A Framework Agreement Establishing a Free Trade Area between Pakistan and Turkiye was signed on March 22, 2016, in Islamabad, and it included a trading in goods agreement, or preferential trade arrangement, that Pakistan and Turkiye would sign on August 12, 2022. Accordingly, Turkiye grants Pakistan privileged access to 261 tariff lines that are of interest to its market, and she has received the same treatment for 130 tariff lines that are of interest to her.
For the past few years, Turkiye has benefited from a positive trade balance with Pakistan. Textiles have historically been the most frequently exchanged commodity between the two nations. It accounts for 30.28% of Turkish exports to Pakistan and 73.83%1 of Pakistani exports to Turkiye. It is noteworthy that Turkiye was able to include four tariff lines from the textiles group in the list of commodities eligible for preferential treatment, whereas Pakistan could not manage to include a single tariff line. The exporting country needs to understand the priority products for which preferential or duty-free treatment should be requested from the importing countries during preferential trade discussions. This study’s goal is to create a list of potential export goods for which Pakistan should be given preferential status. The research is based on trade and tariff data from Comtrade and Trains (Trade Analysis Information System), both developed by UNCTAD (United Nations Conference on Trade and Development). More specifically, it will calculate bilateral trade complementarities, revealed comparative advantage indices, and run tariff simulations to know how much trade creation would occur if Turkiye offered duty-free treatment to its imports sourced from Pakistan using SMART partial equilibrium tool.2
BILATERAL TRADE BETWEEN PAKISTAN AND TURKIYE
Total exports from Pakistan to Turkiye were 293.58 million dollars, while imports from Turkiye were 773 million dollars, resulting in a 479 million-dollar trade deficit for Pakistan in 2021. Table 1 shows the shares of major bilateral export product groups between Pakistan and Turkiye. It is evident from the table that Pakistan’s exports consist of low value-added products as compared with those of Turkiye. The textiles group dominates the export basket of Pakistan with
73.83 percent, followed by chemical products (6.43 percent), products of plastic and rubber (5.73 percent), and agricultural products (4.76 percent). Agricultural products include products of dairy, fish, meat, rice, and other food items.
 Author’s calculations based on Comtrade data.
 Developed by ESCAP’ Trade Intelligence and Negotiation Advisor.
The largest export group consists of raw materials (88.52 percent) and knitted or crocheted articles of apparel, clothing accessories, and other made-up textile articles, together with certain sets of worn textile articles and rags (10.75 percent). In the Turkish market, the average duty rate for high-value textile products is 12 percent, while the average duty rate for raw material products is 8 percent. Surprisingly, the textile sector, which accounts for 73.83 percent of total Pakistan’s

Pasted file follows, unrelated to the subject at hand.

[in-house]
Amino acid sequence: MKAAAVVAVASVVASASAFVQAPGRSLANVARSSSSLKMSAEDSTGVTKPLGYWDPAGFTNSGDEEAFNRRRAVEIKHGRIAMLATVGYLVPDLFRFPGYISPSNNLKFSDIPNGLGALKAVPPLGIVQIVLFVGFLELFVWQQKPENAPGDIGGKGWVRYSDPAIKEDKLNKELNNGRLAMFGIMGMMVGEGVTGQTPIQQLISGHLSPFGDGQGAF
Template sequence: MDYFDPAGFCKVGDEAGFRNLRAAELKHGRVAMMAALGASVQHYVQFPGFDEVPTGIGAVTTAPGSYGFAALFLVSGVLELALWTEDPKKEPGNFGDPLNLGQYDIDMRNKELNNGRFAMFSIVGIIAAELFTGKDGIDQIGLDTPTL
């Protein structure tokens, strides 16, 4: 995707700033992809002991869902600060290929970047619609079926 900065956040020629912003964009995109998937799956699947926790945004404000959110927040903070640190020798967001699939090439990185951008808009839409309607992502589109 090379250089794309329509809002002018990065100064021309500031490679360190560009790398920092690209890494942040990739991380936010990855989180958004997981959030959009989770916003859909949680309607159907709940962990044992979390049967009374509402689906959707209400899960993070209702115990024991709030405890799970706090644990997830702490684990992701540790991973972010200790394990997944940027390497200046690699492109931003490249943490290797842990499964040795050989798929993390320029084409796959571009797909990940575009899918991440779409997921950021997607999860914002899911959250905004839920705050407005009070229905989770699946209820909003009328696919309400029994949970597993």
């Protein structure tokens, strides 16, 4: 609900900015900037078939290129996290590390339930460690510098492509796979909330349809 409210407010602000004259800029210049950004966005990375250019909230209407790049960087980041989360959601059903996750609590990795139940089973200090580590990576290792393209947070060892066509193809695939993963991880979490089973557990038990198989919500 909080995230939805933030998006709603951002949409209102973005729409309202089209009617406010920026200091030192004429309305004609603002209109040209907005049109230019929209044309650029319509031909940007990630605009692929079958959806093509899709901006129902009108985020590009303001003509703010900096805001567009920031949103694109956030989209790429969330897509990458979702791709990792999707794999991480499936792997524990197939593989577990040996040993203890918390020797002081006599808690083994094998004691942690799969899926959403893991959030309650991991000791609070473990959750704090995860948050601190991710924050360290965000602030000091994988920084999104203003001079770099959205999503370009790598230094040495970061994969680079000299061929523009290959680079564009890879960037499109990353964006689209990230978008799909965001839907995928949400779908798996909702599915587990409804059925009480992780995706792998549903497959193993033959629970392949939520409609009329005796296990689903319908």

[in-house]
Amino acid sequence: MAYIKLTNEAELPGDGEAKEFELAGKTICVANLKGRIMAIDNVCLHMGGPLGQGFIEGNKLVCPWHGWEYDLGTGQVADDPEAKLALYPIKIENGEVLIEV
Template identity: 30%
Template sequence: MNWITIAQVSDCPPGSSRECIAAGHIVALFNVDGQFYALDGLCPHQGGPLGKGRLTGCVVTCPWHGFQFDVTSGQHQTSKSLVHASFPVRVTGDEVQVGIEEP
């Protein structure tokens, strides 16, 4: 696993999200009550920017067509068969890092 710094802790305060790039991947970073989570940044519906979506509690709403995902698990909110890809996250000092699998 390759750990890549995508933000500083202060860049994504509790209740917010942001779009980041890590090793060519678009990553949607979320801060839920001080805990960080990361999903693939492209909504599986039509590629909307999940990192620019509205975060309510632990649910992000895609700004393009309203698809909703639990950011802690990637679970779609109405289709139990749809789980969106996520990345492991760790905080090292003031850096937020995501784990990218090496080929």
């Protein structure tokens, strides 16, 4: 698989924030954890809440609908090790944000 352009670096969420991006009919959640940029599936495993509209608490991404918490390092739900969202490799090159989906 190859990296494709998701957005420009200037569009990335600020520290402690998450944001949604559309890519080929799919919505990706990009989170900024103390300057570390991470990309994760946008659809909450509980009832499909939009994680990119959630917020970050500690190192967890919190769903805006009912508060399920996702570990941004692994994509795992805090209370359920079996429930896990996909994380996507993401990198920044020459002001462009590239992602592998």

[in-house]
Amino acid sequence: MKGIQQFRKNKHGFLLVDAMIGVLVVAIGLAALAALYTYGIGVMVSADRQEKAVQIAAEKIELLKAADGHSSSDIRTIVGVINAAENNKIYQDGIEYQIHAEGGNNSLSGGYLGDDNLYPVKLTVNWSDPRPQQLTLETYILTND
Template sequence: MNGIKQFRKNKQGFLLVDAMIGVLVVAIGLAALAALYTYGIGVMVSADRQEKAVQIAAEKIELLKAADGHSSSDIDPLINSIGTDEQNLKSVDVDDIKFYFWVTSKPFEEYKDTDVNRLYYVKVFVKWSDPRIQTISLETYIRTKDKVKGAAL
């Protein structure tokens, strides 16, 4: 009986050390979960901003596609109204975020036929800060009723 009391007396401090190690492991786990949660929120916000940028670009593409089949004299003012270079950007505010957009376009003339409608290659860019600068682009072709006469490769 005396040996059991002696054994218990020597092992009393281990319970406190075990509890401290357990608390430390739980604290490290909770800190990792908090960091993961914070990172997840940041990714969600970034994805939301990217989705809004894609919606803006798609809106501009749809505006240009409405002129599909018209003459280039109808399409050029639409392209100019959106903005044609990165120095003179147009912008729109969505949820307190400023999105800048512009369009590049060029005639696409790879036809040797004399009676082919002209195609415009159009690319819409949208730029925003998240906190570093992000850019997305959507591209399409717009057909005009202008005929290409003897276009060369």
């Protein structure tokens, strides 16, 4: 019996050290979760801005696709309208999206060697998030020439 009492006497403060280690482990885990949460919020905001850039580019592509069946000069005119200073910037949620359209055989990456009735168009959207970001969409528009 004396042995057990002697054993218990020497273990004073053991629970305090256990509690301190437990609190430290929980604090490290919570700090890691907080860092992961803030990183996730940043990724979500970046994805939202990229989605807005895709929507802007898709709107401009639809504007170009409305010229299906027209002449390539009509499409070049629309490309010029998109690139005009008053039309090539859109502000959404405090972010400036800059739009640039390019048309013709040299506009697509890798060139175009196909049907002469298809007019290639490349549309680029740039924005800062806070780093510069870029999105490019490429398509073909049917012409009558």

exports to Turkey, lacks a single tariff line in the trade-in goods agreement. The chemical group’s product lines that are granted preferential treatment under the agreement were already exempt from customs duties before the arrangement. However, as agricultural products and the plastic and rubber industries are the main recipients of the deal’s benefits, it is anticipated that these industries’ exports will increase greatly as a result of the agreement. Turkiye’s major export products to Pakistan, on the other hand, include textiles (30.28 percent), machinery, mechanical and electrical equipment (24.29 percent), chemical and para-chemical products (11.06 percent), and agricultural products (5.22 percent of total exports to Pakistan).
It is crucial to note that Pakistan excels in a variety of low-quality, low-value-added product categories. These goods are vulnerable to price fluctuations on the global market and do not generate significant amounts of the country’s desperately needed foreign exchange.
TRADE COMPLEMENTARITY INDEX
The trade complementarity index (TCI), introduced by Michaely (1996) is a type of overlap index which measures the degree to which the export pattern (it can also be calculated on the import side) of the reporter country matches or complements the import pattern of the partner country. A high value of the TCI may imply that trading partners would gain from increased trade. Changes in the TCI over time may tell us whether the trade profiles are becoming more or less compatible. TCI is defined as the sum of the absolute value of the difference between the import category shares and the export shares of the countries under study, divided by two. The following formula is used to compute the index:
Where d is the importing country of interest, s is the exporting country of interest, w is the set of all countries in the world, i is the set of industries, x is the commodity export flow, X is the total export flow, m the commodity import flow, and M the total import flow. Division by two yields a value between 0 and 1. The two extreme values respectively reflect no complementarity at all and perfect complementarity. The value thus obtained is subtracted from 1 to reverse the sign and is multiplied by a hundred to obtain the TCI in percentage form.
Table 2 displays that Pakistan’s import pattern complements Turkiye’s export pattern more so, over time, than Pakistan’s import pattern complements Turkiye’s export pattern. In other words, Turkiye will benefit more than Pakistan from preferential treatment of both trading nations’ exports.
REVEALED COMPARATIVE ADVANTAGE RCA